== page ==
Tissue Culture Medium: Types and 5 Steps of Selection
7 Jul 2020

Tissue Culture Medium: Types and 5 Steps of Selection

Anjali Singh, MS

As a content and community manager, I leverage my expertise in plant biotechnology, passion for tissue culture, and writing skills to create compelling articles, simplifying intricate scientific concepts, and address your inquiries. As a dedicated science communicator, I strive to spark curiosity and foster a love for science in my audience.

Anjali Singh, MS
Table of Contents

Do you know if you are using the right medium for your culture?

The right selection of media is a crucial step for the in-vitro culture of plant cells. Many of us are not aware of what type of culture medium exist, what are their applications, and which medium will be most suitable for the culture.

It is essential to understand what medium you are using and how to select suitable media for your cultures. You should understand the requirement of your plant and then accordingly prepare the food it requires for its growth.

In the previous article “ Major components of the culture media”, all the major components and their concentration range required for suitable plant growth were discussed.

This article will introduce you to the different types of tissue culture media and will present you with a “broad spectrum of experiment” that will help you in media selection suitable for your culture.

Types of Media

There are a number of culture mediums known to date such as MS medium, B5 medium, LS medium, White’s medium, etc. This section will give you a brief of five widely used culture medium in labs worldwide.

  1. Murashige and Skoog (MS) medium

    This medium was invented by two scientists named Toshio Murashige and Folke K. Skoog in 1962 while the two scientists were working on the discovery of plant growth regulators. It is the most commonly used medium in the tissue culture lab.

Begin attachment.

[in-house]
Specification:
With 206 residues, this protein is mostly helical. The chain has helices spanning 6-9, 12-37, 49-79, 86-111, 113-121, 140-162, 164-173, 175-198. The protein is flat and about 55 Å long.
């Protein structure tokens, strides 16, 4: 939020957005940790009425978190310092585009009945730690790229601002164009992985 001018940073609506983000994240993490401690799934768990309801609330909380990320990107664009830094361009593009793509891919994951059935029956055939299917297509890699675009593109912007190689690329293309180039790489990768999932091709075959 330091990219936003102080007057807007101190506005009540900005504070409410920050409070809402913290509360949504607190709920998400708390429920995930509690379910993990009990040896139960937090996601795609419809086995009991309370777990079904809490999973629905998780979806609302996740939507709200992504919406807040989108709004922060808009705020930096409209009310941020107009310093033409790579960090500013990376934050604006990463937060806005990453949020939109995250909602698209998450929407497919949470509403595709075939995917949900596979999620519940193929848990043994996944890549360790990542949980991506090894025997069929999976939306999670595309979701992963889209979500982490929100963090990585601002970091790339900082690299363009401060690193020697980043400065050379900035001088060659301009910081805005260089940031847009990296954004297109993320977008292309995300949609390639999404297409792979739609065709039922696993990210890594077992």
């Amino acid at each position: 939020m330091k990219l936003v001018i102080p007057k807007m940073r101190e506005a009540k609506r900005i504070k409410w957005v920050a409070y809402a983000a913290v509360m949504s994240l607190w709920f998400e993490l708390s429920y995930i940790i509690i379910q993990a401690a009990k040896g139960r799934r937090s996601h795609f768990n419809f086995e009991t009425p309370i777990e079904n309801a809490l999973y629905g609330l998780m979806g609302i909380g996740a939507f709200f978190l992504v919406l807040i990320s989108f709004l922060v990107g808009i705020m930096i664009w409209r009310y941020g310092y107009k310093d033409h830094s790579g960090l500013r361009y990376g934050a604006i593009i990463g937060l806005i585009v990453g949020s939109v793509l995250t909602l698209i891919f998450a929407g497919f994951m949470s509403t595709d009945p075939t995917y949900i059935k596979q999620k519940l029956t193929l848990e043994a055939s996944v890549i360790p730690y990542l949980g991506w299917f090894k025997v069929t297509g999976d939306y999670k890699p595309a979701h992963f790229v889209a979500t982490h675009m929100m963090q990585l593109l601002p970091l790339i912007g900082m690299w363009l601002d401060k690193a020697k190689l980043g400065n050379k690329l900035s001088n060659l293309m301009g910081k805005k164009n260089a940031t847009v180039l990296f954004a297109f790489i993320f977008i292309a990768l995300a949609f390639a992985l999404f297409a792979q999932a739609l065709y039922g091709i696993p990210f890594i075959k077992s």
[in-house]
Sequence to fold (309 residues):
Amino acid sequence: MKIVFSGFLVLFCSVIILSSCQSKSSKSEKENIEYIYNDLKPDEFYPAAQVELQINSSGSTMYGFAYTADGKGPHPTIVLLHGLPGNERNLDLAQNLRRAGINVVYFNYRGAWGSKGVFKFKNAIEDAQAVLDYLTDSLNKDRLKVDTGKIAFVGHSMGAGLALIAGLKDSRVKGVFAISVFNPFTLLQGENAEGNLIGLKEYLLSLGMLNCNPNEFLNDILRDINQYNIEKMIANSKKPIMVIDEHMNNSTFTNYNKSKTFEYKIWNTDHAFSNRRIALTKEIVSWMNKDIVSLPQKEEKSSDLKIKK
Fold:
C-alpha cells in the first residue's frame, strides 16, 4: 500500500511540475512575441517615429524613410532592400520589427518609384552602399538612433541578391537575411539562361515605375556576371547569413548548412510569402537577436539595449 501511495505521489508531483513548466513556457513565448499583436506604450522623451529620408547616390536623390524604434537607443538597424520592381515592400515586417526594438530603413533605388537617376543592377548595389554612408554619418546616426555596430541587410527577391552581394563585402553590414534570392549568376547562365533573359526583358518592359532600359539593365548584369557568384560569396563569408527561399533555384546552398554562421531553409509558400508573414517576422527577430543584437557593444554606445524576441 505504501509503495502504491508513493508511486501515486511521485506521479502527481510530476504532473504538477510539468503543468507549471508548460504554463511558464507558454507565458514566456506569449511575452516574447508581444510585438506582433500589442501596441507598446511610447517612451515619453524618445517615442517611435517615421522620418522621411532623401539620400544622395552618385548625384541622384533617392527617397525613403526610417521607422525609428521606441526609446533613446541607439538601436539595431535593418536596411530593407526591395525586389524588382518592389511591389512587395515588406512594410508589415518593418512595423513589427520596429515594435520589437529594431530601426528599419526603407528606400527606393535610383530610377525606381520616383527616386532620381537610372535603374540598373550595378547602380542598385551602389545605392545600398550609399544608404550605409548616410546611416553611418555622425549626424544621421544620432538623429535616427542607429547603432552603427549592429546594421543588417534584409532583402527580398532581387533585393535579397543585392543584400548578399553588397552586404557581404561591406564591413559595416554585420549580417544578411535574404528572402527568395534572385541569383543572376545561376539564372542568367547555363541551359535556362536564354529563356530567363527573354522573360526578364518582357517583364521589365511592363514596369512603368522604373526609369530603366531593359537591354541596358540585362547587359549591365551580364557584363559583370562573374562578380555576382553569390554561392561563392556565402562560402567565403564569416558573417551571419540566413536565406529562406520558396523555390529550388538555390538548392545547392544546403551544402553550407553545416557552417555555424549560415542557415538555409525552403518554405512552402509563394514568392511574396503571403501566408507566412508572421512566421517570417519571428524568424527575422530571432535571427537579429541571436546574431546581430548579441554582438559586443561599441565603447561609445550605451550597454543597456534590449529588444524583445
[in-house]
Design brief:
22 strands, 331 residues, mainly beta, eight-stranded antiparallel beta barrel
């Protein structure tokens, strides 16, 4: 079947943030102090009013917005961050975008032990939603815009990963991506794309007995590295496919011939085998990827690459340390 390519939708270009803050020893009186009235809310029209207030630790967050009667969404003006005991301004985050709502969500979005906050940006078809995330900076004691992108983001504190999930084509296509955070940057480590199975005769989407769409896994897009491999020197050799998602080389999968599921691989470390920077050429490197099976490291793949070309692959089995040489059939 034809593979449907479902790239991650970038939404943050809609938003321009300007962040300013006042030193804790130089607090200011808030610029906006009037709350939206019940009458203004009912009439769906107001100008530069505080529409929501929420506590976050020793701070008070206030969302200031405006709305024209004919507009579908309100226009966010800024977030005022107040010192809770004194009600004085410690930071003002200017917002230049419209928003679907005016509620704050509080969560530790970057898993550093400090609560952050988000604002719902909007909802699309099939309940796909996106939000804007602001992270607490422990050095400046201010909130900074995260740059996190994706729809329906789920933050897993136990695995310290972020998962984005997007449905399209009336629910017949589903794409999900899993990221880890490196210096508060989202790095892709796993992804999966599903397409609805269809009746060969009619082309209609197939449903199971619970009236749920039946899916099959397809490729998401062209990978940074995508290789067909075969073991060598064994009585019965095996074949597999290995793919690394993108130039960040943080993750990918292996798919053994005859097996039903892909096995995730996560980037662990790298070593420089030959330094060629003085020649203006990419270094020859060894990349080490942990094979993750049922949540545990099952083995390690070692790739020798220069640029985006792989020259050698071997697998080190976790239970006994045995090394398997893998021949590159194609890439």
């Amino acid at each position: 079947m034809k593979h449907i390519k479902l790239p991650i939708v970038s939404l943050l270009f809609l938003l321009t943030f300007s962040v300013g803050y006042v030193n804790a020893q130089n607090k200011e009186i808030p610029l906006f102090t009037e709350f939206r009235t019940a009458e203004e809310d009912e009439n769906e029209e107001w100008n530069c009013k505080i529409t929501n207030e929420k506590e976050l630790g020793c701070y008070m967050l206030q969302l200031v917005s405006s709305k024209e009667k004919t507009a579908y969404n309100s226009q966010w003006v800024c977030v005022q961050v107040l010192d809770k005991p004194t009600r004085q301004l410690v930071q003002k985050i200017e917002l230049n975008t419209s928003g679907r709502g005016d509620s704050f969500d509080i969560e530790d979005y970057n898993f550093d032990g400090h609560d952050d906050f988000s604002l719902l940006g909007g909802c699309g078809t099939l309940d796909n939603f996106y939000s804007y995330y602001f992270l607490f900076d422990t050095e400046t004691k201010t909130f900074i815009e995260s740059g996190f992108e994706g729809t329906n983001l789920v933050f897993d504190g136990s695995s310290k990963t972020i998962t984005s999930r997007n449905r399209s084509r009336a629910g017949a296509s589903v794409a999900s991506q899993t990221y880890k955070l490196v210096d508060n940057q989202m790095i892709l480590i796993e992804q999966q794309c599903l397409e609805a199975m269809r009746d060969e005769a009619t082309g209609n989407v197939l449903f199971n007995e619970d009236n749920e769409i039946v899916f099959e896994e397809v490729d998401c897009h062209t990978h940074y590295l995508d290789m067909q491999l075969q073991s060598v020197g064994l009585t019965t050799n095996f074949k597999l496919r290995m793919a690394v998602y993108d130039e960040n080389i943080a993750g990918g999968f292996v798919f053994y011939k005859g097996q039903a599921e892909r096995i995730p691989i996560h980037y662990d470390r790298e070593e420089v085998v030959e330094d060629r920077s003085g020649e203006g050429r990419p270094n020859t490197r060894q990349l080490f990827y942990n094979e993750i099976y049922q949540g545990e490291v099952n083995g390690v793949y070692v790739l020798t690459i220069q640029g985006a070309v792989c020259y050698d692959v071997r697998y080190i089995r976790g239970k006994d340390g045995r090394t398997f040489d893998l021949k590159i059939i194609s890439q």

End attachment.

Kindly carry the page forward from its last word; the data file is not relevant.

Sometimes you may observe some numbers behind the MS, which indicate the concentration of sucrose in the medium. For example, MS0 indicates sucrose absence and MS10 indicated the presence of 10g/l sucrose in the medium. The formulation is a blend of nutrients like inorganic salts, vitamins, and amino acids.

    Purpose: This medium is used to induce organogenesis, callus culture, micropropagation, and cell suspension.

  2. Linsmaier and Skoog (LS) medium

    This medium was developed by Linsmaier and Skoog in 1965. It was first used to optimize the organic supplements of the tobacco culture. The medium has a similar component as Murashige and Skoog with a twist of Linsmaier and Skoog vitamins.

    He found that the increased concentration of thiamine hypochlorite (0.4mg/l rather than 0.1mg/l) compensated for the absence of vitamins except for inositol. Inositol is an enzymatic cofactor in glycolysis and TCA cycle and it is also involved in primary and secondary metabolism of the plants.

    Purpose: It is used for the purpose of organogenesis, callus culture, cell suspension, and micropropagation.

  3. Gamborg (B5) medium

    This medium was developed by O. L. Gamborg in 1968. He used the media for the callus and cell suspension culture of Glycine max belonging to the family of Fabaceae. This medium is a blend of nutrients like inorganic salts, vitamins, and carbohydrates.